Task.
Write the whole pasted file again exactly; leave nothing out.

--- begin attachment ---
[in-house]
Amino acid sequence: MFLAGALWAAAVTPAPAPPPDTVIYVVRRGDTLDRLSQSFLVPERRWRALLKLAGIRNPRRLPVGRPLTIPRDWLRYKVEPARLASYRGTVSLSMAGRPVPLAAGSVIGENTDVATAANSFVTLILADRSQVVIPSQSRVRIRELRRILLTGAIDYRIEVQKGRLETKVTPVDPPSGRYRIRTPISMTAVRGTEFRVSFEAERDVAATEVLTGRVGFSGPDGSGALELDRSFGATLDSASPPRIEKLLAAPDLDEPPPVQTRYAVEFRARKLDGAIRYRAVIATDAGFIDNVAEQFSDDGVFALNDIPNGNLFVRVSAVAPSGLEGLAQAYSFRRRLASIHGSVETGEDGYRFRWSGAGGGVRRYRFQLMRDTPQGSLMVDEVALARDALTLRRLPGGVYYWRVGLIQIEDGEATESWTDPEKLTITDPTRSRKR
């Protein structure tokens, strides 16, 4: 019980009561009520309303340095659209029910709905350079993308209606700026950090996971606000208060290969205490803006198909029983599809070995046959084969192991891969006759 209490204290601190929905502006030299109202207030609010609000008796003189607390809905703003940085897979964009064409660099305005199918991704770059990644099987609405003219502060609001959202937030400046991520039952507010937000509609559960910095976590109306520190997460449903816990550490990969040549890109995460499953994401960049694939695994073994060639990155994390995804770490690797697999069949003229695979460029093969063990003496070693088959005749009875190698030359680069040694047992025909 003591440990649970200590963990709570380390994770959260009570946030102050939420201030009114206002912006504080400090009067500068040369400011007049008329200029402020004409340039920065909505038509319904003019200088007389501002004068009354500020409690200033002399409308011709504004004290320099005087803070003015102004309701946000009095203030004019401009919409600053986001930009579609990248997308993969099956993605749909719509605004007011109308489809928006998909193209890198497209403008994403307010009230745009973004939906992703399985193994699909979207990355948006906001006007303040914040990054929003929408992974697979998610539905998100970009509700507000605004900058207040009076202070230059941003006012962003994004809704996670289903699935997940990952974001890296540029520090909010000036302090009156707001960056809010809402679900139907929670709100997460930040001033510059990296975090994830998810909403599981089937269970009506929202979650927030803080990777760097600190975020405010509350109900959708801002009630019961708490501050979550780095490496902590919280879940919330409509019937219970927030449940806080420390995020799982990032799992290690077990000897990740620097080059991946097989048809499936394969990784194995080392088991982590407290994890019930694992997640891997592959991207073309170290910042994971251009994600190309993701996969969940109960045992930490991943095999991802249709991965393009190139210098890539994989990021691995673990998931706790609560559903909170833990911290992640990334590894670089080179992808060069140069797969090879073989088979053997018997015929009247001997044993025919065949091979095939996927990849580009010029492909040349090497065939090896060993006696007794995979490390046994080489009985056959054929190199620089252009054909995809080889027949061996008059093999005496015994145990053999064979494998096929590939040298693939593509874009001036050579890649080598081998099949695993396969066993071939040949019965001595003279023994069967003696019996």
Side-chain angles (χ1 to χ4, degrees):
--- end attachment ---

[in-house]
Amino acid sequence: MFLAGALWAAAVTPAPAPPPDTVIYVVRRGDTLDRLSQSFLVPERRWRALLKLAGIRNPRRLPVGRPLTIPRDWLRYKVEPARLASYRGTVSLSMAGRPVPLAAGSVIGENTDVATAANSFVTLILADRSQVVIPSQSRVRIRELRRILLTGAIDYRIEVQKGRLETKVTPVDPPSGRYRIRTPISMTAVRGTEFRVSFEAERDVAATEVLTGRVGFSGPDGSGALELDRSFGATLDSASPPRIEKLLAAPDLDEPPPVQTRYAVEFRARKLDGAIRYRAVIATDAGFIDNVAEQFSDDGVFALNDIPNGNLFVRVSAVAPSGLEGLAQAYSFRRRLASIHGSVETGEDGYRFRWSGAGGGVRRYRFQLMRDTPQGSLMVDEVALARDALTLRRLPGGVYYWRVGLIQIEDGEATESWTDPEKLTITDPTRSRKR
């Protein structure tokens, strides 16, 4: 019980009561009520309303340095659209029910709905350079993308209606700026950090996971606000208060290969205490803006198909029983599809070995046959084969192991891969006759 209490204290601190929905502006030299109202207030609010609000008796003189607390809905703003940085897979964009064409660099305005199918991704770059990644099987609405003219502060609001959202937030400046991520039952507010937000509609559960910095976590109306520190997460449903816990550490990969040549890109995460499953994401960049694939695994073994060639990155994390995804770490690797697999069949003229695979460029093969063990003496070693088959005749009875190698030359680069040694047992025909 003591440990649970200590963990709570380390994770959260009570946030102050939420201030009114206002912006504080400090009067500068040369400011007049008329200029402020004409340039920065909505038509319904003019200088007389501002004068009354500020409690200033002399409308011709504004004290320099005087803070003015102004309701946000009095203030004019401009919409600053986001930009579609990248997308993969099956993605749909719509605004007011109308489809928006998909193209890198497209403008994403307010009230745009973004939906992703399985193994699909979207990355948006906001006007303040914040990054929003929408992974697979998610539905998100970009509700507000605004900058207040009076202070230059941003006012962003994004809704996670289903699935997940990952974001890296540029520090909010000036302090009156707001960056809010809402679900139907929670709100997460930040001033510059990296975090994830998810909403599981089937269970009506929202979650927030803080990777760097600190975020405010509350109900959708801002009630019961708490501050979550780095490496902590919280879940919330409509019937219970927030449940806080420390995020799982990032799992290690077990000897990740620097080059991946097989048809499936394969990784194995080392088991982590407290994890019930694992997640891997592959991207073309170290910042994971251009994600190309993701996969969940109960045992930490991943095999991802249709991965393009190139210098890539994989990021691995673990998931706790609560559903909170833990911290992640990334590894670089080179992808060069140069797969090879073989088979053997018997015929009247001997044993025919065949091979095939996927990849580009010029492909040349090497065939090896060993006696007794995979490390046994080489009985056959054929190199620089252009054909995809080889027949061996008059093999005496015994145990053999064979494998096929590939040298693939593509874009001036050579890649080598081998099949695993396969066993071939040949019965001595003279023994069967003696019996």
Side-chain angles (χ1 to χ4, degrees):